Top Iraq Court Rules Kurdish Referendum Unconstitutional

Top Iraq Court Rules Kurdish Referendum UnconstitutionalTop Iraq Court Rules Kurdish Referendum Unconstitutional

Iraq’s Supreme Federal Court on Monday ruled that the Kurdish independence referendum held on 25 September was unconstitutional and that voting results were void, a court spokesman said.

Kurds voted overwhelmingly to break away from Iraq, defying the central government in Baghdad as well as neighboring Turkey and Iran, Middle East Eye reported.

The court is responsible for settling disputes between Iraq’s central government and regions including Kurdistan. The verdict cannot be appealed. “The Federal Court issued the decision to consider the Kurdish region’s referendum unconstitutional and this ruling is final,” the spokesman said. “The power of this ruling should now cancel all the results of the referendum.”

The court had already ruled on 6 November that no region or province could secede and the Kurdistan Regional Government said last week that it would respect that verdict.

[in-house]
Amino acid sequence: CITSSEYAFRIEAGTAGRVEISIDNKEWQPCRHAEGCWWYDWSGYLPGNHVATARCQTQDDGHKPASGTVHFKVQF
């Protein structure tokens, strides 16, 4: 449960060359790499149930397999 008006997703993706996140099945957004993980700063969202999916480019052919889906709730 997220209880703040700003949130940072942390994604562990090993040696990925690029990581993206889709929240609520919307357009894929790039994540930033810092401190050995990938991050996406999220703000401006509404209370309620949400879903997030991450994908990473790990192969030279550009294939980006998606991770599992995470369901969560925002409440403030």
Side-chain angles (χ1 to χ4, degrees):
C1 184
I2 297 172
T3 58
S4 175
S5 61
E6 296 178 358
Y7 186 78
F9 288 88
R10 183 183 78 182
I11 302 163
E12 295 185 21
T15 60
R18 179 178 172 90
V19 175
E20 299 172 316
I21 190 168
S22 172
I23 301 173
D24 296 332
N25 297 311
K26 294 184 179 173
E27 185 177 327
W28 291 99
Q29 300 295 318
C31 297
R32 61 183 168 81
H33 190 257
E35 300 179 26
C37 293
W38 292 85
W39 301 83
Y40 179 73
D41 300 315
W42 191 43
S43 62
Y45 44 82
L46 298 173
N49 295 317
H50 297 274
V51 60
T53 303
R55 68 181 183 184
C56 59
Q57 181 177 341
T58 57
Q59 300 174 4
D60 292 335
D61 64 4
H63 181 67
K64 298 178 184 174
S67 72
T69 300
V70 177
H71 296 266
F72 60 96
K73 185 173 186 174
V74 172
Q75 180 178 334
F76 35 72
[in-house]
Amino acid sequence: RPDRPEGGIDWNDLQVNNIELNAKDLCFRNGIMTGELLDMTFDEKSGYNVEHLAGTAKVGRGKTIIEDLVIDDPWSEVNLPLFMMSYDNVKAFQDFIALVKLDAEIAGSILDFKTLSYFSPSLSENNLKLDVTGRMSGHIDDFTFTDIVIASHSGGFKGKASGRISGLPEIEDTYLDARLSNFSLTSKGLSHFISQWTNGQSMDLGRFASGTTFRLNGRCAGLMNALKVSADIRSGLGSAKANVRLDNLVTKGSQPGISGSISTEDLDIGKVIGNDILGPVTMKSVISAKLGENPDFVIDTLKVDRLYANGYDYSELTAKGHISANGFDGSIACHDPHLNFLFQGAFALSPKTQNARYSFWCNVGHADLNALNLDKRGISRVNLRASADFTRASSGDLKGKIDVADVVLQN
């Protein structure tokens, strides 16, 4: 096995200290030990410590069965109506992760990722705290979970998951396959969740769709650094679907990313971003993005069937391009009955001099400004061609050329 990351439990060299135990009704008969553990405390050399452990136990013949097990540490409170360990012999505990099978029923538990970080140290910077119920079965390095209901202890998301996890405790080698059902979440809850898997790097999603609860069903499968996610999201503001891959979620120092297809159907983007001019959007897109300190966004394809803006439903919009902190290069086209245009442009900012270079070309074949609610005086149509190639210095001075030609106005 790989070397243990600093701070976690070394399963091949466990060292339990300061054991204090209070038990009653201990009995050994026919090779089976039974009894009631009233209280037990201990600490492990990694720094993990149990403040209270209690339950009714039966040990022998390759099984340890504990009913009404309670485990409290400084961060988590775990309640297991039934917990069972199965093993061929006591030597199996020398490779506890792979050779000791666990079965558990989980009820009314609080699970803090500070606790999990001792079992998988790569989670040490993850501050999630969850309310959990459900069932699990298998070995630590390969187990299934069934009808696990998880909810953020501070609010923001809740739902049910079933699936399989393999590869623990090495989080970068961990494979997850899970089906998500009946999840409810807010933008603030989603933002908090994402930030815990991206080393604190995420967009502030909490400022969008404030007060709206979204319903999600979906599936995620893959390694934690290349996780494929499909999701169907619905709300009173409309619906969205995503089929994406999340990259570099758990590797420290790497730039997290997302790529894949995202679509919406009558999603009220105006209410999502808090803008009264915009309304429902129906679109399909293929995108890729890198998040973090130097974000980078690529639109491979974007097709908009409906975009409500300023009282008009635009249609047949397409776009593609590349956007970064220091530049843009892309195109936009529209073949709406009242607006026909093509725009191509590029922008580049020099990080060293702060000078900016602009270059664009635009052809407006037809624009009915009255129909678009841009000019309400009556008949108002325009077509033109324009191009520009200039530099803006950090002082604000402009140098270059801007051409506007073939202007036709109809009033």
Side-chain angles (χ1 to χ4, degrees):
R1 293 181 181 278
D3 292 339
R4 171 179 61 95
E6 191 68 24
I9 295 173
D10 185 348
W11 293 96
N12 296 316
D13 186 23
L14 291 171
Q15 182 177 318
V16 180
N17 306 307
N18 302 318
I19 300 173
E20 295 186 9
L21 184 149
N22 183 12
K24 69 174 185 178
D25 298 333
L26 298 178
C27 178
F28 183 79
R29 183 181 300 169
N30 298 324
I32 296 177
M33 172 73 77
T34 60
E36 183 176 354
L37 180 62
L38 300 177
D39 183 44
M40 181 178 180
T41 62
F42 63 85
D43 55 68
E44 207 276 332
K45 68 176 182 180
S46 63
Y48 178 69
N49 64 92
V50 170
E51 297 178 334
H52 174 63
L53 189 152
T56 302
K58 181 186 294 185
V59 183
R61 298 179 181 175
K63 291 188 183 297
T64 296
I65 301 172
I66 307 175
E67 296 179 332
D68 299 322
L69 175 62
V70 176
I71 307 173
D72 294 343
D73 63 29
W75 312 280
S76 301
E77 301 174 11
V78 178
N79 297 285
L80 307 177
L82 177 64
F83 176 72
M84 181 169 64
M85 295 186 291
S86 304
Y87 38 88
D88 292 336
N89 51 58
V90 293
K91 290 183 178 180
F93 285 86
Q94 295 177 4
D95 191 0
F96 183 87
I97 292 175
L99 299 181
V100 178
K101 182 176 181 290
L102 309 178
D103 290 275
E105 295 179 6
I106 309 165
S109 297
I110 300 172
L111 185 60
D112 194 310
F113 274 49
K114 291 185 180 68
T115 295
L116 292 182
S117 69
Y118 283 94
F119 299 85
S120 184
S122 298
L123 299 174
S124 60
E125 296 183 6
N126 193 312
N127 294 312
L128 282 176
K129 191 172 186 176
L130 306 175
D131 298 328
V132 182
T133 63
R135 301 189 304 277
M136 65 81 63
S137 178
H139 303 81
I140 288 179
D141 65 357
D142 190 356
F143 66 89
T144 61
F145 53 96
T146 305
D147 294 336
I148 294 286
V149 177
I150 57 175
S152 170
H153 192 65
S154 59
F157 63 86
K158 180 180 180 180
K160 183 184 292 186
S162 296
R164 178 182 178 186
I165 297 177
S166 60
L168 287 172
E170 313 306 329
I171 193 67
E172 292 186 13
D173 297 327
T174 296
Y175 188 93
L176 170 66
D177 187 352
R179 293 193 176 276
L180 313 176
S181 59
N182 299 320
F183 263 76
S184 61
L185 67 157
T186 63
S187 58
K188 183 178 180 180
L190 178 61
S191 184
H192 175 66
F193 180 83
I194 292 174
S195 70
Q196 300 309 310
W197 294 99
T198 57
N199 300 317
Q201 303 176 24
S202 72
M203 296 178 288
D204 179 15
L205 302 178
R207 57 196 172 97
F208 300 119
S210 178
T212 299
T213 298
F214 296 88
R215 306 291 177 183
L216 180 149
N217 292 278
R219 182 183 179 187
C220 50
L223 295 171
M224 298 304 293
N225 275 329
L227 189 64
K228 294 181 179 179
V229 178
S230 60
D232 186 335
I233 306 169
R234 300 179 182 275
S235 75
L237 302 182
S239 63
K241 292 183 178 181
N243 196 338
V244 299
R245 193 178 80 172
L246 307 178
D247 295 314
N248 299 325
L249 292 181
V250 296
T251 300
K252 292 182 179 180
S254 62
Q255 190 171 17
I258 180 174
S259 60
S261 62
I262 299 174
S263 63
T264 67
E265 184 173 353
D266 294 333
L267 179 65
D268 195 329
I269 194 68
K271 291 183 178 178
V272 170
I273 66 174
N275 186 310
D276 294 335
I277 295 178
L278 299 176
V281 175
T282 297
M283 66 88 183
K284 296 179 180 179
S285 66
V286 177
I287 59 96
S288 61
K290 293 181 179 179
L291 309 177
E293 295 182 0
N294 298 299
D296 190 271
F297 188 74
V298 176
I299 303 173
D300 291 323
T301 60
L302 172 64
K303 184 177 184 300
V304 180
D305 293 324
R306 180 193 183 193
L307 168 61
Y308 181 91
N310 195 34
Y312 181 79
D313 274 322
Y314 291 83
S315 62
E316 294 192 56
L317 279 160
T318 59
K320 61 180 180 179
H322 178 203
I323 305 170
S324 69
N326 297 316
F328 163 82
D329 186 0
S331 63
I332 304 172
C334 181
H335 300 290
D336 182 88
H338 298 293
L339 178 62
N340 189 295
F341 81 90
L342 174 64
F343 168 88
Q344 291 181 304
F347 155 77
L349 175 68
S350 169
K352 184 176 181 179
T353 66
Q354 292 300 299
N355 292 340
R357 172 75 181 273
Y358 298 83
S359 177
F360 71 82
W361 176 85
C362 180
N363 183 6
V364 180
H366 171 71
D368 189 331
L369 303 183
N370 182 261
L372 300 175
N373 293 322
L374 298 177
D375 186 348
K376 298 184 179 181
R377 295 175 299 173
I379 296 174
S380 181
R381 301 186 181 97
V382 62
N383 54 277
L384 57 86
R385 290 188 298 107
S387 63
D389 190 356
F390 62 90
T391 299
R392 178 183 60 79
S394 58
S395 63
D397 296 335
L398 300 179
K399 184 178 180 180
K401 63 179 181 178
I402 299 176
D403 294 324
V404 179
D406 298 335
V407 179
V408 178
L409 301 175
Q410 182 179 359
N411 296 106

It also said it respected a previous decision insisting on Iraqi unity, which could be a basis for dialogue.

Iraqi parliamentarians in Baghdad are currently reviewing the federal budget for the coming year, including the allocation for the autonomous Kurdish region. September’s referendum was initiated by then Kurdish leader Massoud Barzani, for whom the repercussions were severe.

At the beginning of November, Barzani announced that he was stepping aside, having lost almost all of the territory disputed between the Kurdish capital Erbil and Baghdad.


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